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New drug shows potential against rare type of acute leukemia

New drug shows potential against rare type of acute leukemia

Researchers at the University of Michigan Comprehensive Cancer Center have developed a new drug that shows potential in laboratory studies against a rare type of acute leukemia. And additional studies suggest the same compound could play a role in prostate cancer treatment as well. [More]
Reoccurring oxygen deprivation during pregnancy affects offspring's liver function

Reoccurring oxygen deprivation during pregnancy affects offspring's liver function

Sleep apnea, a disorder in which breathing repeatedly stops during sleep, is a potentially serious condition because it deprives the body of oxygen. It becomes an even more serious condition in pregnant women—who can be more prone to it—because the oxygen deprivation may affect the baby. [More]
Study provides insights into climate, social factors that trigger dengue outbreaks

Study provides insights into climate, social factors that trigger dengue outbreaks

Researchers at Upstate Medical University, in collaboration with a team of international investigators studying dengue fever, have discovered new information on climate drivers of the disease and social risk factors that may be contributing to its spread, according to two scientific papers recently published in BMC Infectious Disease and BMC Public Health, open access, peer-reviewed online journals. [More]
Blueberries may be effective in treatment for PTSD

Blueberries may be effective in treatment for PTSD

Up to 8 percent of people in the U.S. suffer from post-traumatic stress disorder (PTSD) as the result of witnessing or being the victim of a traumatic event. People with PTSD have been in a situation in which they were at risk of death, serious injury or sexual violence or have seen first-hand loved ones faces such threats. They may experience flashbacks, emotional detachment and jumpiness, among other symptoms that affect their ability to function in everyday life. [More]
New faculty members join UNC Lineberger to help launch immunotherapy clinical trials

New faculty members join UNC Lineberger to help launch immunotherapy clinical trials

Two new faculty members have joined the UNC Lineberger Comprehensive Cancer Center to help launch groundbreaking immunotherapy clinical trials testing an experimental treatment in which patients' own immune cells are genetically engineered to fight their cancer. [More]
Columbia licenses exclusive worldwide rights to novel intra-vaginal ring technology

Columbia licenses exclusive worldwide rights to novel intra-vaginal ring technology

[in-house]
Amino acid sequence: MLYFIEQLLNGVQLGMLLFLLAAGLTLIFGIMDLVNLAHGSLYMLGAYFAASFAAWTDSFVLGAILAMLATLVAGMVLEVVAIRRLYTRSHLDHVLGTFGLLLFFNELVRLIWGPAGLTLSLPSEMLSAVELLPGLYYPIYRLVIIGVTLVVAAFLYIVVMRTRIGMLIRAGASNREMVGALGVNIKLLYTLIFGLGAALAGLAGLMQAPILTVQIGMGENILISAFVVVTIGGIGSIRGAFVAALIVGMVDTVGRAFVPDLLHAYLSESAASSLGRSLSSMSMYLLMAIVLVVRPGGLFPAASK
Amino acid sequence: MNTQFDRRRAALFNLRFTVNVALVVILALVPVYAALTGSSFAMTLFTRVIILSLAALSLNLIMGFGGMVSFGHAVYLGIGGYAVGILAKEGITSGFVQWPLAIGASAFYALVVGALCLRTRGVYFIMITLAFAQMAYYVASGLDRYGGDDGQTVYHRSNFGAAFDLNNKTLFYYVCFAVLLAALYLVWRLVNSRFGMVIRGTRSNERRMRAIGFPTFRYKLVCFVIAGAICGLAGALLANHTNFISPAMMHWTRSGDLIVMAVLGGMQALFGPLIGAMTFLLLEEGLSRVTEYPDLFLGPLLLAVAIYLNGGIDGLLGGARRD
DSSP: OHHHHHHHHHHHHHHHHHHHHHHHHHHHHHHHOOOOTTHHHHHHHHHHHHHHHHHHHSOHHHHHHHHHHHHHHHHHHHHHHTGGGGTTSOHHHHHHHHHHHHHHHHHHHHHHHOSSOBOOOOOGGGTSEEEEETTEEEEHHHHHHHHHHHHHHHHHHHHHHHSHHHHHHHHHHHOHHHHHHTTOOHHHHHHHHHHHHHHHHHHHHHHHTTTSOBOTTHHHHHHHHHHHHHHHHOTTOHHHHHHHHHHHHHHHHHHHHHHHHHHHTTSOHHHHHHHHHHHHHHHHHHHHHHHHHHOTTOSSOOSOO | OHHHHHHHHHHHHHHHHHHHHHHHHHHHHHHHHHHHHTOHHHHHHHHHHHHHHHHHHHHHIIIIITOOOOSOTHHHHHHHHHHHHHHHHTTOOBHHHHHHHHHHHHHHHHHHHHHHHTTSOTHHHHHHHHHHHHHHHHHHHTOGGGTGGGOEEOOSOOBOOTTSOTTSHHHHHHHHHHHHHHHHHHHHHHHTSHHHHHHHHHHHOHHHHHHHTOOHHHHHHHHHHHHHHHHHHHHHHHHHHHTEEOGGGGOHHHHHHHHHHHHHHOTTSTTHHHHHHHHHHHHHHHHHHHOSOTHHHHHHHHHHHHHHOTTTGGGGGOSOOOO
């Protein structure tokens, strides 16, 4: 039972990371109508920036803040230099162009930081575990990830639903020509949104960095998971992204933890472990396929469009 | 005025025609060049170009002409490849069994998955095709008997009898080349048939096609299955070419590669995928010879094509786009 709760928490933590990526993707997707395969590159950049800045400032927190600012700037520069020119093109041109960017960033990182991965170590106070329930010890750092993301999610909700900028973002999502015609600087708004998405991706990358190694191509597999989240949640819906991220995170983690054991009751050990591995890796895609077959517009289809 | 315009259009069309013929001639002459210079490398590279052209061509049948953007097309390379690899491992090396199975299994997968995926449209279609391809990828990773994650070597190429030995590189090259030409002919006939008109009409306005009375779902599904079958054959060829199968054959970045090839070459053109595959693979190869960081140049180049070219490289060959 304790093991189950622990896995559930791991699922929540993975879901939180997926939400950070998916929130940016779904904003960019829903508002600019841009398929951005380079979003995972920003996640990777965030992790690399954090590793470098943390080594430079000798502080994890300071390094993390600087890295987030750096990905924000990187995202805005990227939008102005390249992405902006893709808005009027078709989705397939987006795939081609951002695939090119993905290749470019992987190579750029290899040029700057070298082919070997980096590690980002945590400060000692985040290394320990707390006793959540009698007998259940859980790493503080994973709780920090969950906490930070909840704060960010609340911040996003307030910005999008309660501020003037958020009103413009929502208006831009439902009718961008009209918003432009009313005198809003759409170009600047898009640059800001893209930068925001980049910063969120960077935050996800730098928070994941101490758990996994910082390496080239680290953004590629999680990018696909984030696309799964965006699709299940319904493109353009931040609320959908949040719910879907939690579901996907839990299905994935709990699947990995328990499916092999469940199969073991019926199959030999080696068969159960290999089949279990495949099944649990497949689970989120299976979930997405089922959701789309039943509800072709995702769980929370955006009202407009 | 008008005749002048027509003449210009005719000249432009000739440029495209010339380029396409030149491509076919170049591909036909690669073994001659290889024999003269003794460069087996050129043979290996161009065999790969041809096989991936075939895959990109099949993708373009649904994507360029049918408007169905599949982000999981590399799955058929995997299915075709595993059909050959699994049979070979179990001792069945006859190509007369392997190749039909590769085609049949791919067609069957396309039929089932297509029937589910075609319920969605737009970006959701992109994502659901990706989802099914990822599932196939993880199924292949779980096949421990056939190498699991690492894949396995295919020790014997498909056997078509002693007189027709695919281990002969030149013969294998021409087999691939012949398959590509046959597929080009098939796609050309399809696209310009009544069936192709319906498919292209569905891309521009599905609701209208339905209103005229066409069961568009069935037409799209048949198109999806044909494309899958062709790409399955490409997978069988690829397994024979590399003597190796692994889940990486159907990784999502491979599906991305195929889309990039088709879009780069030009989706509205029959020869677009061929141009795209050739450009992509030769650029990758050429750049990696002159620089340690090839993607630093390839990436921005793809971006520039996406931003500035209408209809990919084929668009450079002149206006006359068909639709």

Columbia Laboratories, Inc., a specialty pharmaceutical company focused on the development of therapeutics for women's health, has licensed exclusive worldwide rights to a novel intra-vaginal ring technology for the delivery of one or more pharmaceuticals at different dosages and release rates in a single segmented ring. [More]
Society for Reproductive Investigation awards two top honors to Dr. Ayman Al-Hendy

Society for Reproductive Investigation awards two top honors to Dr. Ayman Al-Hendy

Dr. Ayman Al-Hendy, an obstetrician-gynecologist and molecular biologist at the Medical College of Georgia at Georgia Regents University and GRHealth, has received two top honors from the Society for Reproductive Investigation. [More]
CSHL professor to be honored with AACR Outstanding Achievement in Cancer Research Award

CSHL professor to be honored with AACR Outstanding Achievement in Cancer Research Award

The American Association for Cancer Research will honor Christopher R. Vakoc, MD, PhD, assistant professor at Cold Spring Harbor Laboratory in Cold Spring Harbor, New York, with the 35th annual AACR Outstanding Achievement in Cancer Research Award at the AACR Annual Meeting 2015, to be held in Philadelphia, April 18-22. [More]
Experimental nanoparticle therapy speeds healing of all sorts of wounds

Experimental nanoparticle therapy speeds healing of all sorts of wounds

An experimental therapy developed by researchers at Albert Einstein College of Medicine of Yeshiva University cut in half the time it takes to heal wounds compared to no treatment at all. Details of the therapy, which was successfully tested in mice, were published online in the Journal of Investigative Dermatology. [More]
Iron oxide nanoparticles selectively target cell surface markers in tumor microenvironments